Barbed wire was installed at the MDL and civilian access was blocked from the route that Kim and his team took in Bukaksan north of Cheong Wa Dae until it was reopened in April last year.

Just two days after the North Koreans’ shocking incursion into the heart of Seoul, North Korean forces attacked and captured the USS Pueblo, an environmental research ship attached to the US Navy intelligence as a spy ship.

North Korea stated that the ship intentionally entered their territorial waters 14 kilometers away from Ryo Island, but the US maintains that it was in international waters when it was attacked.

The Feb. 18 New York Times article reads, “Seoul waited for the US to show its anger and indignation at these affronts to its ally and itself. But the American response was not one to provide much comfort.”

The commando attack on Park was “virtually ignored,” it said, adding that “the taking of the spy ship inspired US anger, then some mumbles about measures to get it back, finally an American contact with North Korea through the Panmunjom armistice machinery to negotiate the return of the Pueblo’s crew.”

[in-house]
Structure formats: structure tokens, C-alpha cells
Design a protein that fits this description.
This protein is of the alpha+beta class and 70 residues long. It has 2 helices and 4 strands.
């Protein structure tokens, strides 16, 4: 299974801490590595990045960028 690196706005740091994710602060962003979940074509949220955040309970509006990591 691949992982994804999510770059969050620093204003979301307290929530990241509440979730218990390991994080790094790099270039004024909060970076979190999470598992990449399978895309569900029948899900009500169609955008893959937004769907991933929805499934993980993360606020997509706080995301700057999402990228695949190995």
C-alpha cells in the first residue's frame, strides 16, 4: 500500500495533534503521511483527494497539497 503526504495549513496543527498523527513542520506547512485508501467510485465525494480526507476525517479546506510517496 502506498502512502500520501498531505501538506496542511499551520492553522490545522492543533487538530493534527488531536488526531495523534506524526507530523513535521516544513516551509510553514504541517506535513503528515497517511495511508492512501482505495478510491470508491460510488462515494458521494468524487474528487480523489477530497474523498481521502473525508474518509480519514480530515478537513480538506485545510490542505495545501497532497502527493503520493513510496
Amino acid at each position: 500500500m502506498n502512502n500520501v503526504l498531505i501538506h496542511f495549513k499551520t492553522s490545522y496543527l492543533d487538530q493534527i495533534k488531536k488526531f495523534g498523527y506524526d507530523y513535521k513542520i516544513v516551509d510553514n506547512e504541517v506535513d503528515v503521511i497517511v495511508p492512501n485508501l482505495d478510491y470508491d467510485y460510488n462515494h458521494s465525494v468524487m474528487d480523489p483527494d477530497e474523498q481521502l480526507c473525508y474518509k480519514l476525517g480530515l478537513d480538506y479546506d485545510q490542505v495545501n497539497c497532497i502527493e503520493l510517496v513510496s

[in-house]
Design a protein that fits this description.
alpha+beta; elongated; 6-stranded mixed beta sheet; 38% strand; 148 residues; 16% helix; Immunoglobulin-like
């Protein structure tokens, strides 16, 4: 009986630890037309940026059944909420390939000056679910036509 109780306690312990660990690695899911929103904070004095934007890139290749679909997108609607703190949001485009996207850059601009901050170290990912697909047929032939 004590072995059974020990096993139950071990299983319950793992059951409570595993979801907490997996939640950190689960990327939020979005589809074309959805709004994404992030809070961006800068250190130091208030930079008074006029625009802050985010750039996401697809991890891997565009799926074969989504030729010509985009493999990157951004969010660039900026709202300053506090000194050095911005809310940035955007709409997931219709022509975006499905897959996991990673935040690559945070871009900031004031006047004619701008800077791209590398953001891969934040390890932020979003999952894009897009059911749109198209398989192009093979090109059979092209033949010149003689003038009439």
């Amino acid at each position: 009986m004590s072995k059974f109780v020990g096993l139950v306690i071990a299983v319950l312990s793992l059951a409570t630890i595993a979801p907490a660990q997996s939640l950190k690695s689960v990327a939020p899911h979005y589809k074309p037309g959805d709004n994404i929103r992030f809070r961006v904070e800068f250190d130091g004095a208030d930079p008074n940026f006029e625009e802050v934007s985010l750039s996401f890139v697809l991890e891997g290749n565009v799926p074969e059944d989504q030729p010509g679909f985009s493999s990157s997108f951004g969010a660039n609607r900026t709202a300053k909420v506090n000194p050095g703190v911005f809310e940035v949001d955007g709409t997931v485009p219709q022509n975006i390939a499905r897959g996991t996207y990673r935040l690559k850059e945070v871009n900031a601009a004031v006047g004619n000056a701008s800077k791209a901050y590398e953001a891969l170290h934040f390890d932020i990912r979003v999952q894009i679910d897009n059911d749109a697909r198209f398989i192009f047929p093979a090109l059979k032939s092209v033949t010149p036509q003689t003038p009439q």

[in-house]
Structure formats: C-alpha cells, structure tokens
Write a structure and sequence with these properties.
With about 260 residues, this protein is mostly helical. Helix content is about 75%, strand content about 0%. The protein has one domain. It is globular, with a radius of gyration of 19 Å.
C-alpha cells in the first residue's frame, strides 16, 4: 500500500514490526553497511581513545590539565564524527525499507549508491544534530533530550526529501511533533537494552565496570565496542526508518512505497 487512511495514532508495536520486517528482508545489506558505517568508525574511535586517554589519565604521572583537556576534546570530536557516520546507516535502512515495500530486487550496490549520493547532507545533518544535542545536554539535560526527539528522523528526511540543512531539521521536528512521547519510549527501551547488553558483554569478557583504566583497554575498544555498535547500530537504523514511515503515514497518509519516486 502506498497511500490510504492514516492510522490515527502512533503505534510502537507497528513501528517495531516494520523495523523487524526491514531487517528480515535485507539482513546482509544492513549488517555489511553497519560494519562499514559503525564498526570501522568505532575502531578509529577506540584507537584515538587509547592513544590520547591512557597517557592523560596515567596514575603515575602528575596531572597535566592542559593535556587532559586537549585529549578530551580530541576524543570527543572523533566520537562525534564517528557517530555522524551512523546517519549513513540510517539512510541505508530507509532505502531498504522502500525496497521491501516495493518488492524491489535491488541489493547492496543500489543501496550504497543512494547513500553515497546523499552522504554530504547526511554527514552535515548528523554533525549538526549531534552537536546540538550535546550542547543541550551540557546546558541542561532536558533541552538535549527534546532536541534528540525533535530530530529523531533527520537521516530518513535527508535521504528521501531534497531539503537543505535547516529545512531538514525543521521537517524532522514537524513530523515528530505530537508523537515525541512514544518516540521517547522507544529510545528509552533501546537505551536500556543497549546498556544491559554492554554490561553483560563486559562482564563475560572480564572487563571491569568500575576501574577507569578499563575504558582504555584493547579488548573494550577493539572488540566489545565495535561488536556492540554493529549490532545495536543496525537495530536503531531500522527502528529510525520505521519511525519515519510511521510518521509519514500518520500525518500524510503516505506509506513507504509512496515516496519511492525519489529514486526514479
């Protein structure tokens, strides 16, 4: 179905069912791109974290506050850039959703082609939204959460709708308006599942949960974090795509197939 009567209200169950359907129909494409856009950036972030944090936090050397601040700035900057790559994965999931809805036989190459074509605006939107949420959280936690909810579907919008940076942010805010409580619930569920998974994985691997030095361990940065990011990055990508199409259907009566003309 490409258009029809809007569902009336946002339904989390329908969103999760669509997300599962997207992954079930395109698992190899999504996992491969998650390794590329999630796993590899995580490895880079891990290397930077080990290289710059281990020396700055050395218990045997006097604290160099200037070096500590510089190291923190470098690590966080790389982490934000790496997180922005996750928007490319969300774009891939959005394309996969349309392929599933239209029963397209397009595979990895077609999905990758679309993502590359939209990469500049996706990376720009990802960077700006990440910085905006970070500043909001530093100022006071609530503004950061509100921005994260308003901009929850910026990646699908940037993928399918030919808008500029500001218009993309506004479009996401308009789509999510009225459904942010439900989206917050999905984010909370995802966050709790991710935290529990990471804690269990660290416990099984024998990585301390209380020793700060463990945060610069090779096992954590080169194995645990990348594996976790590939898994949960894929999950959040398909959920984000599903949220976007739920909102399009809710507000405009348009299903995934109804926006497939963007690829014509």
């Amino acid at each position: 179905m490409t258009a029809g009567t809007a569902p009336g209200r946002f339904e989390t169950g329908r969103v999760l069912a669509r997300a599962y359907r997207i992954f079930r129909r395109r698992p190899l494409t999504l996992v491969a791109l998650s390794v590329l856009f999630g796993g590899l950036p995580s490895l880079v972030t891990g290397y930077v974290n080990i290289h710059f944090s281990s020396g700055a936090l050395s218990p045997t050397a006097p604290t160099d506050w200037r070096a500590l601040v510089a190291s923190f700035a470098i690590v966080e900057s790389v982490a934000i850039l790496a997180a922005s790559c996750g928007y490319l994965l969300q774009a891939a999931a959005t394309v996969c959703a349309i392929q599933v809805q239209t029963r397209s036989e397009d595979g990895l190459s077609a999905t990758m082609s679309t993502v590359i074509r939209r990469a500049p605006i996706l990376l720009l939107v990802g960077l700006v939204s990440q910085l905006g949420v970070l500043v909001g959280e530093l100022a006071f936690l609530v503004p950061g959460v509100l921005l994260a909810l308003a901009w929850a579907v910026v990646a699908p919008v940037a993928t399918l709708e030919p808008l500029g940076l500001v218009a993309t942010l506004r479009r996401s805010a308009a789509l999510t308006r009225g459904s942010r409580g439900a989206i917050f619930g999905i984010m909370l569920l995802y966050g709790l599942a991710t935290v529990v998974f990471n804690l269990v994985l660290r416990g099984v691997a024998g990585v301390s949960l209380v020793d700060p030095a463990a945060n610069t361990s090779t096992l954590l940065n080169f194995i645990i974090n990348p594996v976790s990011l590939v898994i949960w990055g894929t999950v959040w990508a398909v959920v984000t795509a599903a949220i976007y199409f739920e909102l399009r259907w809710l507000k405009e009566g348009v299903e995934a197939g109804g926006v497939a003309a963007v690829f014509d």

As retribution for the Jan. 21 incident, South Korea began training its own squad of killers called Unit 684 later that year on Silmido, an uninhabited island near Incheon, to infiltrate North Korea and kill its then leader Kim Il-sung.

However, the assassination mission was canceled, as Unit 684 members revolted on Aug. 23, 1971. They killed most of the guards on the island and went into the mainland via boat, where they hijacked a bus to Seoul.

The bus was stopped by the army in Yeongdeungpo-gu, Seoul, and 20 of the Unit members on board were shot or committed suicide with hand grenades.

The four survivors were sentenced to death by a military tribunal and executed in 1972. The story was made into the 2003 film "Silmido," which was a critical and box office success.